A few weeks ago I received an email from Professor Steve Drekic at the University of Waterloo. He asked if I knew of a way to prove the following binomial identity:
(He told me later that he wanted it to help prove that the random walk on the integers with transition probability is null recurrent.)
It’s an interesting binomial identity, in that it has a nontrivial but not overly complicated sum on the left side and a simple expression on the right. Yet I had not seen it before. I was able to find a proof that uses generating functions, and I thought I would reproduce it here.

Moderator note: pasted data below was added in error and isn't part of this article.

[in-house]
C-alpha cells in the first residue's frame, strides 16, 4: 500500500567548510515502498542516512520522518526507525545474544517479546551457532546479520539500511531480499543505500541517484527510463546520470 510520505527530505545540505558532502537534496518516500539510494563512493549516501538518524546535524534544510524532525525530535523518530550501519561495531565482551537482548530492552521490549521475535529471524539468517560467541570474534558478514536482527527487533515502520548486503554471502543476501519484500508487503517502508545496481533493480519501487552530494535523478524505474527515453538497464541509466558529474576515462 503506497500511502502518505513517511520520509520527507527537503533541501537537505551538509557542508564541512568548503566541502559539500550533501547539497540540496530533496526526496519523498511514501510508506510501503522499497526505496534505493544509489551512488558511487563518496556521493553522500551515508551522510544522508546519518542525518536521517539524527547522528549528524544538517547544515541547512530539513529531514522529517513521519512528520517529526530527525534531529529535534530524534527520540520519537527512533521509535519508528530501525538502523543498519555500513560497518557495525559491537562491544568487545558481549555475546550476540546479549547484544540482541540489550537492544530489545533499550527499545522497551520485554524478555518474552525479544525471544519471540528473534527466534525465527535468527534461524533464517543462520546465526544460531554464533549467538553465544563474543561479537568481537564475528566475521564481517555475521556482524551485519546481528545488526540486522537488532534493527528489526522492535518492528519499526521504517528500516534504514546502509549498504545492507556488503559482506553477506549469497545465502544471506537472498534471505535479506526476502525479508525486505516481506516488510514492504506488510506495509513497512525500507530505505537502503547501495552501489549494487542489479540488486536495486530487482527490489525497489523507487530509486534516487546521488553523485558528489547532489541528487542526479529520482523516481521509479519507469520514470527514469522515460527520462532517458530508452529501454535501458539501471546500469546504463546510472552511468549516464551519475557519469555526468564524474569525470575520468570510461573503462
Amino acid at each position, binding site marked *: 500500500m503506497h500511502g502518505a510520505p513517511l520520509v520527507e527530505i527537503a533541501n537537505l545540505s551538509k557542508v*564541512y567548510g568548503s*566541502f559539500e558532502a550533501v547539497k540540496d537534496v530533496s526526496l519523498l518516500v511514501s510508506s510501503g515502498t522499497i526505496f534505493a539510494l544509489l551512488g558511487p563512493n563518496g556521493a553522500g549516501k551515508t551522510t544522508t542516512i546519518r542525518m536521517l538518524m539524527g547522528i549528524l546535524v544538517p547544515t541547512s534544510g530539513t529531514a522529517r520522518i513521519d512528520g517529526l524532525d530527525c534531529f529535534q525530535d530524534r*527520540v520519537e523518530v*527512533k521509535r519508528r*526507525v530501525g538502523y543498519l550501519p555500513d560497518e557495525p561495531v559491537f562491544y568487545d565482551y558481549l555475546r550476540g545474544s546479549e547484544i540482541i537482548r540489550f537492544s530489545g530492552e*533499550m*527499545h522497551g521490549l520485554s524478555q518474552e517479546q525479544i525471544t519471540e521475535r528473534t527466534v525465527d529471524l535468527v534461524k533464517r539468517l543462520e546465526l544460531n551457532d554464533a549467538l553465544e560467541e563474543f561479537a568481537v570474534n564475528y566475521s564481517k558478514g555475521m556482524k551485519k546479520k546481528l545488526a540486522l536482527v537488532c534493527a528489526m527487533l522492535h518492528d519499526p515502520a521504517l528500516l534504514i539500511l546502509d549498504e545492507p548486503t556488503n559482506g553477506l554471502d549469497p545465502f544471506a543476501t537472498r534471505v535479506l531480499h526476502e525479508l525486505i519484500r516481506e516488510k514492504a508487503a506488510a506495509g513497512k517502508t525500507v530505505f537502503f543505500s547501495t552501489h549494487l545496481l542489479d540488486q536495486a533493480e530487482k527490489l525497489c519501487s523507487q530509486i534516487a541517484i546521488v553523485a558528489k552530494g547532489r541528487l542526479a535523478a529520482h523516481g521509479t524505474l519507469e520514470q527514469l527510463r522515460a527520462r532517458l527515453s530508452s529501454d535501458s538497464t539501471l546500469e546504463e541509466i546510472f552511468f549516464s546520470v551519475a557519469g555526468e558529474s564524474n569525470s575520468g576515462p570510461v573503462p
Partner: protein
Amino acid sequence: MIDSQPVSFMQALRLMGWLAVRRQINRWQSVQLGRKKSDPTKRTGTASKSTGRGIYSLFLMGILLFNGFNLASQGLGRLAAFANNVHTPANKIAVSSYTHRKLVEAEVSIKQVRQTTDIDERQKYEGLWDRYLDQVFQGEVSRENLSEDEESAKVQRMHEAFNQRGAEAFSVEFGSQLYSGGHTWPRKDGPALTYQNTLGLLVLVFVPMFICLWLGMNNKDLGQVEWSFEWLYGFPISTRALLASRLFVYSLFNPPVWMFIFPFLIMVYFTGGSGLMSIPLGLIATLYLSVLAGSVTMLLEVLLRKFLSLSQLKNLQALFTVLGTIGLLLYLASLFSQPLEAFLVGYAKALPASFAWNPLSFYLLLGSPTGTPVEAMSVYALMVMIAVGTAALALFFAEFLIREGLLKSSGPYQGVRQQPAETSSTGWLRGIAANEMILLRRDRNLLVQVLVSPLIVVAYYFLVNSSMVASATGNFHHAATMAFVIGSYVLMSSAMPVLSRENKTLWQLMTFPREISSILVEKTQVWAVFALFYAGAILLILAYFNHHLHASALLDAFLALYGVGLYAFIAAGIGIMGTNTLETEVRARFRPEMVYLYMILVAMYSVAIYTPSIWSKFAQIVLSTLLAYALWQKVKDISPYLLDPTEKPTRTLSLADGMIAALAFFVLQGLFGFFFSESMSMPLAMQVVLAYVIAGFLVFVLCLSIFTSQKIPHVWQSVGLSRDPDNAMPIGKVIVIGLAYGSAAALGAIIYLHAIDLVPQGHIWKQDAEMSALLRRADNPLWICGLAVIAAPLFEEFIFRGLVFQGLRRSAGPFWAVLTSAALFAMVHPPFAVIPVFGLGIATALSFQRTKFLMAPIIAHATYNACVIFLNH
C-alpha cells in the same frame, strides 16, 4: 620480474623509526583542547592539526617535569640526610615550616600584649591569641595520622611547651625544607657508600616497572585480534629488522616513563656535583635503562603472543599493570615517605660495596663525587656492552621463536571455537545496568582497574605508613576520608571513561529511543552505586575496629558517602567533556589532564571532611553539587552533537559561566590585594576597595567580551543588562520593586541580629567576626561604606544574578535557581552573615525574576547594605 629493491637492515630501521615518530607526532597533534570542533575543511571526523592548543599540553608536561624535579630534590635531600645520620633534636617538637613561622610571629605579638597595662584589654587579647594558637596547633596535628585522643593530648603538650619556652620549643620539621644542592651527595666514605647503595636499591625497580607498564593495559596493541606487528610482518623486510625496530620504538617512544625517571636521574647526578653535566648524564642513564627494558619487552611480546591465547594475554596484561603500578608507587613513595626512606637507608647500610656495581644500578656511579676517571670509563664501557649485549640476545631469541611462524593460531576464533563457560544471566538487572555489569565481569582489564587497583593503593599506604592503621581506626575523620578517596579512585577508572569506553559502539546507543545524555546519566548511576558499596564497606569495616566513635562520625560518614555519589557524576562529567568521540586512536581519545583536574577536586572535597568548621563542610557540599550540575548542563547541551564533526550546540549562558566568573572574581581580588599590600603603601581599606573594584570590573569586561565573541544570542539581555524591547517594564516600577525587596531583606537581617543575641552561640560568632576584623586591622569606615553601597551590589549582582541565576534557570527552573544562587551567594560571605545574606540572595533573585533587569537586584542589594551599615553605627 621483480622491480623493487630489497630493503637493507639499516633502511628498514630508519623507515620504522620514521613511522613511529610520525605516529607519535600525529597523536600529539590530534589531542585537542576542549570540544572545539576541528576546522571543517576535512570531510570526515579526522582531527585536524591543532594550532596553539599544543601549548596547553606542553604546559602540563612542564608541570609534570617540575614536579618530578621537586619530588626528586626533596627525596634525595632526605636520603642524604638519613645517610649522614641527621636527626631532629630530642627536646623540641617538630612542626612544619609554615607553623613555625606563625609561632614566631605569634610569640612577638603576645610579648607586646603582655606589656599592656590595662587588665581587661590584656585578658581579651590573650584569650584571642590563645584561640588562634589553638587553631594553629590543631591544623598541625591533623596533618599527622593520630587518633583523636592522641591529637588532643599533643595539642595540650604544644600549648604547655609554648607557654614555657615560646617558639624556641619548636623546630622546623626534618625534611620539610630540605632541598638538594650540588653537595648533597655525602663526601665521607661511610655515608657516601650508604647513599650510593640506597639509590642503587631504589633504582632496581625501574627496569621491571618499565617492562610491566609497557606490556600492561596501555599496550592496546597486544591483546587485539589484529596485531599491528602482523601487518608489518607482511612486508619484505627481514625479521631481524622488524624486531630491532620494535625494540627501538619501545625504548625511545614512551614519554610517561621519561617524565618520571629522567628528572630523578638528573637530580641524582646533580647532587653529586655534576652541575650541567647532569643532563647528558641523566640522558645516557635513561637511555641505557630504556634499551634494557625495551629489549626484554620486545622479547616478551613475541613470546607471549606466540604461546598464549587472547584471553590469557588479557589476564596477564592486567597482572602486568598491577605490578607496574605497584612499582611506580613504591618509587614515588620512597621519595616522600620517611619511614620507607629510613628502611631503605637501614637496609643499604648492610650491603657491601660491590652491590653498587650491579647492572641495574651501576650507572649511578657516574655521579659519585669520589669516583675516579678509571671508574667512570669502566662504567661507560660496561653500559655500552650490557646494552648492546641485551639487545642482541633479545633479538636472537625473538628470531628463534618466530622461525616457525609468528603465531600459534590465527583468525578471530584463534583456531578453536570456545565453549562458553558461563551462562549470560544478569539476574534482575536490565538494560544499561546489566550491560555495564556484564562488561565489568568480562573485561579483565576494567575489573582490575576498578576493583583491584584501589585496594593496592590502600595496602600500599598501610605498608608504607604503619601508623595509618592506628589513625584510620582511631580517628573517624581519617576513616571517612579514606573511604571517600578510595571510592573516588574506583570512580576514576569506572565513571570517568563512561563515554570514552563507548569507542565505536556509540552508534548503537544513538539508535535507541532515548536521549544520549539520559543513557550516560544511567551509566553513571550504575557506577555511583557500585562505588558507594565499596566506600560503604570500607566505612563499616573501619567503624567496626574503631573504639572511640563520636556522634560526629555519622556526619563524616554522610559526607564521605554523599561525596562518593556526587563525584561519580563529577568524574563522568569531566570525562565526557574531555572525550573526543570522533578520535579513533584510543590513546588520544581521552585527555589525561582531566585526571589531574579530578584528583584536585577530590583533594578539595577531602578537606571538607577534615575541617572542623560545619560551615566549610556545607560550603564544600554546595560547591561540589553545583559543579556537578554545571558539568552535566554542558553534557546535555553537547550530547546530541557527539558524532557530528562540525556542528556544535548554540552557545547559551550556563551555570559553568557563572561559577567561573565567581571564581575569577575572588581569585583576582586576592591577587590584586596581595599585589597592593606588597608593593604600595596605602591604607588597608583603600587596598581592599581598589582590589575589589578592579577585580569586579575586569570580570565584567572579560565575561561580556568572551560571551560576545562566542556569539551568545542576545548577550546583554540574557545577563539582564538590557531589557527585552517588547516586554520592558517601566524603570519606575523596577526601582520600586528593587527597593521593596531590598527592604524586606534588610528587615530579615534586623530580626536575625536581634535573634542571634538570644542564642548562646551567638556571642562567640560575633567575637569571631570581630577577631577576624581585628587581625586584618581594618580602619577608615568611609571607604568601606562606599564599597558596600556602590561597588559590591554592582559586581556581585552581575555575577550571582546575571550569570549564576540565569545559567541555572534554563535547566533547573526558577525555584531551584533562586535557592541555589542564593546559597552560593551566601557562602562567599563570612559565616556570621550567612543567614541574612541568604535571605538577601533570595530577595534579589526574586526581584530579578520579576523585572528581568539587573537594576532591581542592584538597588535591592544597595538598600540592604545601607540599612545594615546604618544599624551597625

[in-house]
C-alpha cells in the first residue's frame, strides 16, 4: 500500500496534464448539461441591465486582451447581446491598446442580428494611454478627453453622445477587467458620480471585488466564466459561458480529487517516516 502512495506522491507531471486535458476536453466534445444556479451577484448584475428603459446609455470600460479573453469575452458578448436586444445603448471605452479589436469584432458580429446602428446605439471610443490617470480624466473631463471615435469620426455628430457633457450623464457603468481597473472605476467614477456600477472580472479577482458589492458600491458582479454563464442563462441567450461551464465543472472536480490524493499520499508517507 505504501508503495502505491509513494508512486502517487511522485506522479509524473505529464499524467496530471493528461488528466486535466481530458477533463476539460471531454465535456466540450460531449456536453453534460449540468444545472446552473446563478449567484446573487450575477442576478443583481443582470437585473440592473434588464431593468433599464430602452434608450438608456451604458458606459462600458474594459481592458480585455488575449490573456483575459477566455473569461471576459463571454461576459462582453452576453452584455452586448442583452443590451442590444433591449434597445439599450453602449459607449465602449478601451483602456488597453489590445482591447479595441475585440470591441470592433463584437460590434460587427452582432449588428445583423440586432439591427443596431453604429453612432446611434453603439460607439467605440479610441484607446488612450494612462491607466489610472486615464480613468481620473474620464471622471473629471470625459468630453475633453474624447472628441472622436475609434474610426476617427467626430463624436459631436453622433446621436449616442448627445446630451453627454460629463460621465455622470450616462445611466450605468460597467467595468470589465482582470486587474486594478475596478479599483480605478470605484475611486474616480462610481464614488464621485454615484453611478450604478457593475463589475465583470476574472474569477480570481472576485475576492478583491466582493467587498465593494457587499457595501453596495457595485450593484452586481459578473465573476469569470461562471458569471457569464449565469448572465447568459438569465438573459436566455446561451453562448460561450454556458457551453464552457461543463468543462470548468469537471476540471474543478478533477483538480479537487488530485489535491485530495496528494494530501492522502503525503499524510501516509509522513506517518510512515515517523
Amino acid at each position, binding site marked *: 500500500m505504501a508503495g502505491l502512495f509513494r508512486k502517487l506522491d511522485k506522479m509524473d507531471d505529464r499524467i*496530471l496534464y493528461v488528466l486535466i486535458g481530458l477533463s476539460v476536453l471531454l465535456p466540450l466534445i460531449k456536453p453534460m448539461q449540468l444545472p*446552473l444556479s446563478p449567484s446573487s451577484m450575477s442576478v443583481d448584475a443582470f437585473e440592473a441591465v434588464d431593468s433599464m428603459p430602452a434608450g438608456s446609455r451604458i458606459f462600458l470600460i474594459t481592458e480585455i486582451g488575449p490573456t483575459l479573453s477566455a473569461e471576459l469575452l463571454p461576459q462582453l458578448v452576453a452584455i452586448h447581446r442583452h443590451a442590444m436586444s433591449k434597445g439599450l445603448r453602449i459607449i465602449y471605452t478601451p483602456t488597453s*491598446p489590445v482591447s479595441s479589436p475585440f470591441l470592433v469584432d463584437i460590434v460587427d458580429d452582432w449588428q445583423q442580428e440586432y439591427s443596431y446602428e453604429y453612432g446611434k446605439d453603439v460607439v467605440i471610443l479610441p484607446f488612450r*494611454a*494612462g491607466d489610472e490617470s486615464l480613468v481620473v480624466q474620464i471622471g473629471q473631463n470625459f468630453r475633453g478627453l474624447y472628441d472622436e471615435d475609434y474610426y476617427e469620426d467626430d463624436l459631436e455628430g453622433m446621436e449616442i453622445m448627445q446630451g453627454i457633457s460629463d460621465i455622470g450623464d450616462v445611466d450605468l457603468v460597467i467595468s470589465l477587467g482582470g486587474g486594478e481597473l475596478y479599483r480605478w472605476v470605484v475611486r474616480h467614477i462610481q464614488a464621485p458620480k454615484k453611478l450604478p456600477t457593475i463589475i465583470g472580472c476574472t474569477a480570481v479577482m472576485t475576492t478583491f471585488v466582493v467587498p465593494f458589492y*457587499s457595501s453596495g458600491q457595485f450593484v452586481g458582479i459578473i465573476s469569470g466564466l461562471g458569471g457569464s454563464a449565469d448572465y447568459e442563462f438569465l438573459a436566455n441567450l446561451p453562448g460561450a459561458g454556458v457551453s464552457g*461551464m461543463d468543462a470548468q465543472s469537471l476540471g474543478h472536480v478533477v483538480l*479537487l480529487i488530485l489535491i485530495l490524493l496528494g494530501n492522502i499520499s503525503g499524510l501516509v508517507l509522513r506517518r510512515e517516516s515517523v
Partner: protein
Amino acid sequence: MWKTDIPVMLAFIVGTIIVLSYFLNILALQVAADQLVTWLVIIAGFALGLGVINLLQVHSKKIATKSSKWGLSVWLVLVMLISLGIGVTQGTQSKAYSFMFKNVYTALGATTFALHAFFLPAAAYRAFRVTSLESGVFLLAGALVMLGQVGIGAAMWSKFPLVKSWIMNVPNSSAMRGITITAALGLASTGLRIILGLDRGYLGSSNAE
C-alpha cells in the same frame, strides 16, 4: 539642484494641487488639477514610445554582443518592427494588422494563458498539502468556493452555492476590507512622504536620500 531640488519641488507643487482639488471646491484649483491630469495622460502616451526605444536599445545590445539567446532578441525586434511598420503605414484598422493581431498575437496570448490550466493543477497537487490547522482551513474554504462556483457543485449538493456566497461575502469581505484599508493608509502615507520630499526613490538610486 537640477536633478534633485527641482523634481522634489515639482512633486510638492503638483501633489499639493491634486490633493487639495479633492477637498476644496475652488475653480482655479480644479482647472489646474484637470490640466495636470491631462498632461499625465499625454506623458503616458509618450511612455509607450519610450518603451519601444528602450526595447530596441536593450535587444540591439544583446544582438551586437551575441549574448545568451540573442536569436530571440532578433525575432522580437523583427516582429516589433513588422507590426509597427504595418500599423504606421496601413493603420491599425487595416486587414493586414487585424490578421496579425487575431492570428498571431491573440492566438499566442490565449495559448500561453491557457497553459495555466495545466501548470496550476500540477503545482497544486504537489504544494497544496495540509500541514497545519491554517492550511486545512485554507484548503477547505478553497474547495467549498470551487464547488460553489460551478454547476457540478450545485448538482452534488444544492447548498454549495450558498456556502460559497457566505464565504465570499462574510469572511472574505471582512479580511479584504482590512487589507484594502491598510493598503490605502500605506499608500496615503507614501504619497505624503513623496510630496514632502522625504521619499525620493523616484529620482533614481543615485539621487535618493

By Identity 17 in my book The Art of Proving Binomial Identities ,
where in the second step we use properties of the falling factorial .
Next, we need the following generating function.
By Newton’s binomial series (Identity 18 in my book ),
Finally, we’re ready to prove the identity.
Let , and let . Since the generating function for is (Lemma 2), and the generating function for is (Identity 150 in ), the generating function for their convolution,
is, by the convolution property for generating functions (see Theorem 13 in ),
Since just generates the sequence , this means that
Therefore, when , we have
1. Michael Z. Spivey, The Art of Proving Binomial Identities, CRC Press, 2019.